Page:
ECA conducted researchs on the latest cost of living in March and September. According to the reports, Singapore remained the world’s 13th most expensive city for expatriates to live in despite growing inflation, while Hong Kong remained the most expensive for the second year in a row.
Despite major price increases in the previous 12 months, Singapore’s ranking remained unchanged in 2022, with housing rentals, utilities, and gasoline costs all seeing significant increases, according to the newest poll.
Mr Lee Quane, regional director for Asia at ECA International, said Singapore did not move up in the rankings because the Singapore dollar has weakened against other regional currencies like the Chinese renminbi and the US dollar, despite “higher than average” inflation here of 5 per cent.
In April, overall inflation in Singapore reached 5.4 percent year on year, while core inflation, which includes lodging and private transportation costs, increased to a 10-year high of 3.3 percent.
This caused Singapore’s Monetary Authority to tighten monetary policy for the third time in six months in April. The steps were made to support the Singapore dollar in the face of rising import prices.
Rising worldwide inflation has not been as difficult in Hong Kong as it has been in other regional and global locales. ECA International said prices in the territory rose 3 per cent year on year, as measured by ECA’s basket of goods and services.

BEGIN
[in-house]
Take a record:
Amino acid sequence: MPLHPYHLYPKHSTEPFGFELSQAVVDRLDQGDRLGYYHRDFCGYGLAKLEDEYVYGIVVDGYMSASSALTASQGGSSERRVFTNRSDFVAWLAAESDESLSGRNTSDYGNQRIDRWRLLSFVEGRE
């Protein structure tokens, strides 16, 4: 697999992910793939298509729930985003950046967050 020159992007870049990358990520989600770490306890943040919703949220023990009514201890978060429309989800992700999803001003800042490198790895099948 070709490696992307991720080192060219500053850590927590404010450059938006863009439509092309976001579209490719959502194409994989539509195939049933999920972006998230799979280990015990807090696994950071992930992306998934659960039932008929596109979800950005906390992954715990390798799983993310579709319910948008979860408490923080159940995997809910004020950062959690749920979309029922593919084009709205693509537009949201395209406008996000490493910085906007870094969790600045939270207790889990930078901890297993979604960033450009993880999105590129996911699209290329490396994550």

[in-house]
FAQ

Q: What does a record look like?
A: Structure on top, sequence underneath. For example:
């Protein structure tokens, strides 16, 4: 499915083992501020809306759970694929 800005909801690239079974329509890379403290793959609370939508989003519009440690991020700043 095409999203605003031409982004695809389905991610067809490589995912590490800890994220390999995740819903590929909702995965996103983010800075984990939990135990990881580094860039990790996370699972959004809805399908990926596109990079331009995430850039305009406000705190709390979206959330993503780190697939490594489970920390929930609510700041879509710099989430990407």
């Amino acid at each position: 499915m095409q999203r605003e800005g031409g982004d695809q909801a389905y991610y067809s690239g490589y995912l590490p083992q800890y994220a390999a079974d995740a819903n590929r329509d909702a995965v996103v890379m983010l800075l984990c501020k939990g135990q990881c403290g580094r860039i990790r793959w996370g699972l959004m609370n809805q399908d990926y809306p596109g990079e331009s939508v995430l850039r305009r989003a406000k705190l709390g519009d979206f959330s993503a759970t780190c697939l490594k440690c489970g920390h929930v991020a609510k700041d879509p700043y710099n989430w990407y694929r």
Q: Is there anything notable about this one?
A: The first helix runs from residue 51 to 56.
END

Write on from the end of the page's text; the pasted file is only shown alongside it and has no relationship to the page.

“While the rise is higher than what is typically seen in Hong Kong, it is lower than rates in similar cities within the region and globally,” said Mr Quane.
Many mainland Chinese cities have risen in the rankings, with four currently among the top fifteen most expensive.
Shanghai, China’s financial capital, is the third most expensive city in Asia, behind Hong Kong and Tokyo, and the eighth most expensive city in the world.
The key reason for the increase, according to Mr Quane, is the renminbi’s ongoing strength against other major currencies as a result of China’s relatively robust economic performance throughout the survey period.
The bulk of mainland Chinese cities have significant inflation, although it is still lower than elsewhere in Asia, he continued.